Tag Archives: overpass

On The Road #13, Liberty Overpass Sleep

A freeway overpass has its advantages when looking for a place to sleep on a rainy spring night in the hills of New York state. First, it is dry under there. And there is a nice flat space just under the bridge, comfortable to lay on and safely out of sight from the road.

It turns out the overpass just out of Liberty, New York, was the first and last such accommodation I have enjoyed the comforts of. All in all I was set for the night just as the night gathered and my tired body was welcoming sleep. I snuggled as best I could in my inadequate war surplus cotton sleeping bag covered with my wool coat for an extra layer against the chilly evening, my head supported by my wooden box of paints. I felt lovely sleep gathering and gave myself up to drifting …

Drifting …

Well, dear reader. A freeway overpass has its advantages when looking for a place to sleep. And it has one little drawback that picked this moment to introduce itself. It started as a distant whine.

An ambitious whine as it turned out. Eager to gain as much momentum as it could on the slight downhill approach to the heavy concrete bridge. The whine grew louder, pulled on by a rumble and roar, ever louder and more eager and frantic.

Then a thump. And another.

And then — WHAM ! — all the demons of discourse were set free. The bridge jumped and rattled. The ground shook. The noise was overwhelming and gained urgency as the shaking and rattling and cacophony of it reached into my bones with the unsettled reality of motion.

And then—thump. Thump. Thump thump. Immediately the rattling and shaking and urgency stopped, replaced by the BRRRRRRRRRRRRRRRRRRRRRR of a big diesel engine pulling eighteen rubber tires screaming on concrete, receding up the grade headed north.

Well. It was getting dark and the trucks got fewer and fewer. I was dry and tucked in. The sound of approaching trucks working to gain momentum and then smacking onto the bridge and rocking my world before leaving with the rumble of working pistons came to be something of a lullaby, reassuring my sleep that all was as it should be.

On The Road #13, Liberty New York

After my harrowing experience sharing the finer points of oil painting with a big bad cop on a narrow country road’s dangerous decent of a cliff face, I finished walking to the top of the steep grade and continued toward Liberty, New York.

State Highway 52 brought me in on the east side of downtown Liberty, a fairly large spot on the map and more of a community than I really wanted to deal with. I was heading east anyway, toward a very little line going through the Catskill Mountains, so I turned to the right, picked up State Highway 55, and started walking toward less dense housing.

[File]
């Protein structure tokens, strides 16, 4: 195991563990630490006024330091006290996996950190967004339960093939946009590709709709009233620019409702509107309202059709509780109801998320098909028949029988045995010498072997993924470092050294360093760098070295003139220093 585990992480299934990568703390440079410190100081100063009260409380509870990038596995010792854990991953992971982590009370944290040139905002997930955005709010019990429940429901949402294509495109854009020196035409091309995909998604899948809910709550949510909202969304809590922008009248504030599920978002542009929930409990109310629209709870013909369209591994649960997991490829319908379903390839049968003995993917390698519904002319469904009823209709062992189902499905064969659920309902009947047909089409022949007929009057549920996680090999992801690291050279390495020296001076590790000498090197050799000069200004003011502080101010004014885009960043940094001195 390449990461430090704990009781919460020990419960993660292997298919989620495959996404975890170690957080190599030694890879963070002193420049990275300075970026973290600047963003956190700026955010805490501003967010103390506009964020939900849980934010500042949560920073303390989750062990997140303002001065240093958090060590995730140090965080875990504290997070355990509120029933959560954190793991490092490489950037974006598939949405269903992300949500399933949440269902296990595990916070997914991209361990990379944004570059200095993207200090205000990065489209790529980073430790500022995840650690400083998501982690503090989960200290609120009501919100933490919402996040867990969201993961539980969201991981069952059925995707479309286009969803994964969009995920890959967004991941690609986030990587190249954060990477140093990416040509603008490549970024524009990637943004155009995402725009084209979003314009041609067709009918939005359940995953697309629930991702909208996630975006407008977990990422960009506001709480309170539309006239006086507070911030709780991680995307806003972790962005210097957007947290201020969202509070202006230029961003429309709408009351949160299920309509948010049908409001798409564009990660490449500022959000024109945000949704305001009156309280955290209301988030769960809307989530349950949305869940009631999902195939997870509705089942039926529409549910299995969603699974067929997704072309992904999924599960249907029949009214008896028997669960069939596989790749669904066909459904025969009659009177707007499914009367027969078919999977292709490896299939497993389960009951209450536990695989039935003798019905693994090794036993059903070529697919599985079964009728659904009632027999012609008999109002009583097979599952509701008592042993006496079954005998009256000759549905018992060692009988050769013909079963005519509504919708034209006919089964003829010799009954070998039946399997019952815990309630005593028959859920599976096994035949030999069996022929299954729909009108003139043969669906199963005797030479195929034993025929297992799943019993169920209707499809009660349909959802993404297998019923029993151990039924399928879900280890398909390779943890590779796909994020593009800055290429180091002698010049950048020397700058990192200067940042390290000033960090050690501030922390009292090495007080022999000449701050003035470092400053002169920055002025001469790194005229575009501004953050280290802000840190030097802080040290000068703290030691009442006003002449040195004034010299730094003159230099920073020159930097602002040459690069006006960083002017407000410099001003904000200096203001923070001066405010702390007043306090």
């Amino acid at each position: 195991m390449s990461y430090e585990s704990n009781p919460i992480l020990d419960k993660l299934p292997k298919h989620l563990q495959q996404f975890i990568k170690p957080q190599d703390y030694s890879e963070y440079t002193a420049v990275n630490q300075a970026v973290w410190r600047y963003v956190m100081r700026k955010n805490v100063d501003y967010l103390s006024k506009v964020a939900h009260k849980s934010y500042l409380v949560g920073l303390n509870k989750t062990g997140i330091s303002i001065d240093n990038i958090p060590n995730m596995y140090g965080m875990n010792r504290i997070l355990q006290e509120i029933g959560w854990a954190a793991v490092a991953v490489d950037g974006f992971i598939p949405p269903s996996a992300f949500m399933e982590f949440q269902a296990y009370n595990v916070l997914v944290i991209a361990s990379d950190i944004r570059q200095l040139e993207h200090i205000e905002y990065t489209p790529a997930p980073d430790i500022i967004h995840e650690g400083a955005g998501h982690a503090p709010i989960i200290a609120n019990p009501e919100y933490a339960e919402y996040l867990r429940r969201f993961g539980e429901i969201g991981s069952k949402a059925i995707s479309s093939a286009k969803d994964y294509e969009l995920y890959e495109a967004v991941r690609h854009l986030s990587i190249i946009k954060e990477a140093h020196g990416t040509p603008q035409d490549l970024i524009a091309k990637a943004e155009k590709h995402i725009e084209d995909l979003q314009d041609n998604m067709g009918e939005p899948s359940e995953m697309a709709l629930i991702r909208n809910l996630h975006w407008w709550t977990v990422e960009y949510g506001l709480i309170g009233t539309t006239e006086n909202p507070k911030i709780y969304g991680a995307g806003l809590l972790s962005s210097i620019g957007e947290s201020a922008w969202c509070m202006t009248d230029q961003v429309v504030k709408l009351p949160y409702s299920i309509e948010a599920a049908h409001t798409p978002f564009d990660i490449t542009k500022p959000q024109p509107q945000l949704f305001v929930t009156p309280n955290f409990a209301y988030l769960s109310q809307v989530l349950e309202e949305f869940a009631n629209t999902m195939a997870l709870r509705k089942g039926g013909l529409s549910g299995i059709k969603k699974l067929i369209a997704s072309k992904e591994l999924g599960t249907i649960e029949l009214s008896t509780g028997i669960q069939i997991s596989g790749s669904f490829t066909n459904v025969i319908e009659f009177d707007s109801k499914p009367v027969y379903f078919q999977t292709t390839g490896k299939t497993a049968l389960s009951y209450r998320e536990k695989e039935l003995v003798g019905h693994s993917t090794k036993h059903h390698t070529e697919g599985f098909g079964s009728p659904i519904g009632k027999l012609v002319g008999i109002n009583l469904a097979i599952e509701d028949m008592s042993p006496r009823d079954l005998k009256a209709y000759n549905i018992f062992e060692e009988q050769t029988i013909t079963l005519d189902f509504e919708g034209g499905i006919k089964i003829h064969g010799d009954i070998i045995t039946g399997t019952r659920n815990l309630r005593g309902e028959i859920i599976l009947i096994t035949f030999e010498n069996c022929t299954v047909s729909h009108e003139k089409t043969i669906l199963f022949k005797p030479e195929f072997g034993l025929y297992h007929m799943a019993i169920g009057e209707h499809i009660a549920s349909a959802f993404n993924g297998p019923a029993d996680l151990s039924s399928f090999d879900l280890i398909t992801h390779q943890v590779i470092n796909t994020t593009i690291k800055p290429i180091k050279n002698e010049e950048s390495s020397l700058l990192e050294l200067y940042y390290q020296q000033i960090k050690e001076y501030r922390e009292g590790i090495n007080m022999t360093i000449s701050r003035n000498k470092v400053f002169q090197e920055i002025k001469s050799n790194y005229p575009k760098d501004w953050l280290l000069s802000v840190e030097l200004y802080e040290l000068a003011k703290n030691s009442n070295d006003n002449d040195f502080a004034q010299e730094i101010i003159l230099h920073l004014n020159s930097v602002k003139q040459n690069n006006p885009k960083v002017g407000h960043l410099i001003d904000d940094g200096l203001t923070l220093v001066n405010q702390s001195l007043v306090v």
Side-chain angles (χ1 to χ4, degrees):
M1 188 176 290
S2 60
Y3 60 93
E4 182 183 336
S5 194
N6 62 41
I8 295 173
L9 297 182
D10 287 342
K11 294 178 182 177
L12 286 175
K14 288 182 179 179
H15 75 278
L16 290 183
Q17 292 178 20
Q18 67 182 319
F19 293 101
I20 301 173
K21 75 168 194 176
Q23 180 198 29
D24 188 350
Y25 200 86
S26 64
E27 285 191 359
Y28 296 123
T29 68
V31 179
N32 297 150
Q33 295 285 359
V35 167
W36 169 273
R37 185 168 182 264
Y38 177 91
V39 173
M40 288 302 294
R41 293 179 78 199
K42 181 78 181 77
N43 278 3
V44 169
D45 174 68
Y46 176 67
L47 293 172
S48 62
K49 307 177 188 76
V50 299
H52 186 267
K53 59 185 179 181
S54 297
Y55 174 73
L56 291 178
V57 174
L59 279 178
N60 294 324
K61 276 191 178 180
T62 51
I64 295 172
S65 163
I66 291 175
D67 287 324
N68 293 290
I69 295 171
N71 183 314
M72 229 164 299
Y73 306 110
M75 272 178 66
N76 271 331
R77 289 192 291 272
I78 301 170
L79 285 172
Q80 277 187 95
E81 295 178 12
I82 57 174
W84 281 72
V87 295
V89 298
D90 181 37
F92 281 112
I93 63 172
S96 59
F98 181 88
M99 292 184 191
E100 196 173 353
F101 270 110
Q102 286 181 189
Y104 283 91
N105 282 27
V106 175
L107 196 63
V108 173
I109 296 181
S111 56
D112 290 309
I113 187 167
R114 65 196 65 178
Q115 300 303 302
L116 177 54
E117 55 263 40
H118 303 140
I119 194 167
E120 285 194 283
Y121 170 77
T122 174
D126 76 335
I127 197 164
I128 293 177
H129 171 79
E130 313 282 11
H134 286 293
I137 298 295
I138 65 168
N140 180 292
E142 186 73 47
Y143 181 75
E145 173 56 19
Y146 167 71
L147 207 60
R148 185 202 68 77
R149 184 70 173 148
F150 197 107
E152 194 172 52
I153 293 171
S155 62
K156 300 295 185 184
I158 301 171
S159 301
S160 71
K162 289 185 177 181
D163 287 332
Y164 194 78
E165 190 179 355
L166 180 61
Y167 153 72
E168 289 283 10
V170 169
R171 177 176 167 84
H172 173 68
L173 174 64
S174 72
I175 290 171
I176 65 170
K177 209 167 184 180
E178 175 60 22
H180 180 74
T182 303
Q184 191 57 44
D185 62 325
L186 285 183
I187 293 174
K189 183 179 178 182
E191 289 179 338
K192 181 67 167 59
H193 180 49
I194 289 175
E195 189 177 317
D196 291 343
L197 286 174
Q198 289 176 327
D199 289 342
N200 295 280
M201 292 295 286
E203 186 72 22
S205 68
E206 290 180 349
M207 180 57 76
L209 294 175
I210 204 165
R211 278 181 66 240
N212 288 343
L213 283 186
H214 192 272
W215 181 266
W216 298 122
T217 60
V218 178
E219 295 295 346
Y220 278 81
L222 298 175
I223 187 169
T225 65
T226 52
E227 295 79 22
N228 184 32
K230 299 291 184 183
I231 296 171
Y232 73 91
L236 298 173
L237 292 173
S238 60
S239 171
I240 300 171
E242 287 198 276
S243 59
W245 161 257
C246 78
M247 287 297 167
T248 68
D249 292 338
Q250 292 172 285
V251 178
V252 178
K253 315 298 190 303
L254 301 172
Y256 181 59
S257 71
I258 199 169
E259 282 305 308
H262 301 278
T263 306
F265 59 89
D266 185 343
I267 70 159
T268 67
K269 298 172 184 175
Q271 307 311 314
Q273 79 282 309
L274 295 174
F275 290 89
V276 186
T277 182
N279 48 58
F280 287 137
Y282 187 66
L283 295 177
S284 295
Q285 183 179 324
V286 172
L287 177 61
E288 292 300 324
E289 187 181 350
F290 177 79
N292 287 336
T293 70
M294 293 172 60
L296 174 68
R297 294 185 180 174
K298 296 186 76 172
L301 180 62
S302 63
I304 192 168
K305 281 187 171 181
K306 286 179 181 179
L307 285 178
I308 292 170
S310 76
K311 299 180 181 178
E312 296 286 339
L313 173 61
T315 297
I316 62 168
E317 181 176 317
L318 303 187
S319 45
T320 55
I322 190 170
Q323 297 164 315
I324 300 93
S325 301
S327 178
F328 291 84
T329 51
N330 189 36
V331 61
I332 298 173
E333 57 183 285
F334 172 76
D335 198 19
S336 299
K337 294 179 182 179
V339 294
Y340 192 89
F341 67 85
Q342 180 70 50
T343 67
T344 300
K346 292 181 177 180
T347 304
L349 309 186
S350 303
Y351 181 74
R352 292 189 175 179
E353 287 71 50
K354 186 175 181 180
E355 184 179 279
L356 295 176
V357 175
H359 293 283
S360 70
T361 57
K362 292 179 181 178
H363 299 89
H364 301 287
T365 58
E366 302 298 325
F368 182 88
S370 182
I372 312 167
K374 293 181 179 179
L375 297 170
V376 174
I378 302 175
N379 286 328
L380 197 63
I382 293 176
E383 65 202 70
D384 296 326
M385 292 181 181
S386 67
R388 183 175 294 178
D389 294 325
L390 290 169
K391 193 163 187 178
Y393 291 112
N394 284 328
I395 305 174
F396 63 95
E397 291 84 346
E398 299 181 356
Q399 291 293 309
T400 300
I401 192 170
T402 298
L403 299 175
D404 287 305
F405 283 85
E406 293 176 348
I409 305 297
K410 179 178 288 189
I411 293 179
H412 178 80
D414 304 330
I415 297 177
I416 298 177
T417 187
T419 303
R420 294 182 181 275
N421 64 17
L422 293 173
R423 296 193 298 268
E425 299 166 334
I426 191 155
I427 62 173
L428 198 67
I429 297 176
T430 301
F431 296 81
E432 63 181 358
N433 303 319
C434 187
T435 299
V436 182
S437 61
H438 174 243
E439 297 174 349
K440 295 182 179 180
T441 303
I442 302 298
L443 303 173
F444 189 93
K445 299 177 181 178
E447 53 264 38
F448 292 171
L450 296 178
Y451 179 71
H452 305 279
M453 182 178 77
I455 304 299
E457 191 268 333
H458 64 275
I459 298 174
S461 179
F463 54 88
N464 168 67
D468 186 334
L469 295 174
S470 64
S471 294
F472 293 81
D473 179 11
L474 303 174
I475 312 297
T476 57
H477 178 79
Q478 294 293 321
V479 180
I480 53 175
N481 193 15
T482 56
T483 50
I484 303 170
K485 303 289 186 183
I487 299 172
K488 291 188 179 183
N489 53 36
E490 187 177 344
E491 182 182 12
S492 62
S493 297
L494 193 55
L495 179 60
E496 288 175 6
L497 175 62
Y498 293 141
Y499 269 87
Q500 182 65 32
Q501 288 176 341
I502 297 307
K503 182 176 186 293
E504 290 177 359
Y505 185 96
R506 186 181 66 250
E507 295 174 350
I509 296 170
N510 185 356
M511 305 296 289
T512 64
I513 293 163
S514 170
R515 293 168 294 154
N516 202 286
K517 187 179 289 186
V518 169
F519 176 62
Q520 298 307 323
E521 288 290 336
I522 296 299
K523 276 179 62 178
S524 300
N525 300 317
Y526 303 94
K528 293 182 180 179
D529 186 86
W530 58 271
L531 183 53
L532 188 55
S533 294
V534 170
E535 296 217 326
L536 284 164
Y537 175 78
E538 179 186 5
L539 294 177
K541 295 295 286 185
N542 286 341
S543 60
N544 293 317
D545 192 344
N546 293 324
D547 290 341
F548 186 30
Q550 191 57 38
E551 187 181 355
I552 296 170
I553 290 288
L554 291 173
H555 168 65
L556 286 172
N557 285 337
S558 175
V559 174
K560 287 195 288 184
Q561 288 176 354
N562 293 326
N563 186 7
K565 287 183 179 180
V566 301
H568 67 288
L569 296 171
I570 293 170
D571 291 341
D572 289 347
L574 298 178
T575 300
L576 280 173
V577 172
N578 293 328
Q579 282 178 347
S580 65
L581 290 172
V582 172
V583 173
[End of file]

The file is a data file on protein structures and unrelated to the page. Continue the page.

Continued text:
At the same time I was considering how soon it would be dark. It was too close to a town to sleep beside the road, where late night fun-seekers might notice a vulnerable individual. And there was the rain that had been dogging me all day. With no tent, I needed a dry place to unroll my sleeping bag.

The map did show a freeway overpass just east of Liberty and I had spent the day vaguely aiming for that structure, thinking there are bridges where freeways cross roads and it is dryer under a bridge than under the clouds.

overpassThis substantial structure of modern transportation treated me better than I had hoped. The freeway passed over Highway 55 and concrete slopes ran from the road up to the underside of the freeway bridge. I was glad see that at the top of these slopes were open spaces, about three feet high and some four feet deep, before the bridge abutments made walls supporting the freeway.

Nice little flat shelves with roofs.

They were ideal. Close enough under the bridge so the wind would not whip in rain. Deep enough so I’d be out of sight. And, while the cemented slopes were plenty steep, they were not impossible to scale.

I checked to see that no vehicles were going to witness a bum climbing around under the bridge and scurried up the left slope, under the north side of the bridge.

While the slope was covered with concrete the little shelf was not. After an initial disappointment that this ideal accommodation did not include nice soft padding and 1000 count Egyptian cotton sheets (it’s a joke — I was a hippie. How was I to know you can count threads in sheets?), I quickly settled onto the loose gravel and dirt.

Gravel and dirt that was softer than concrete and dry as moon dust.

It was going to be a great night for sleep.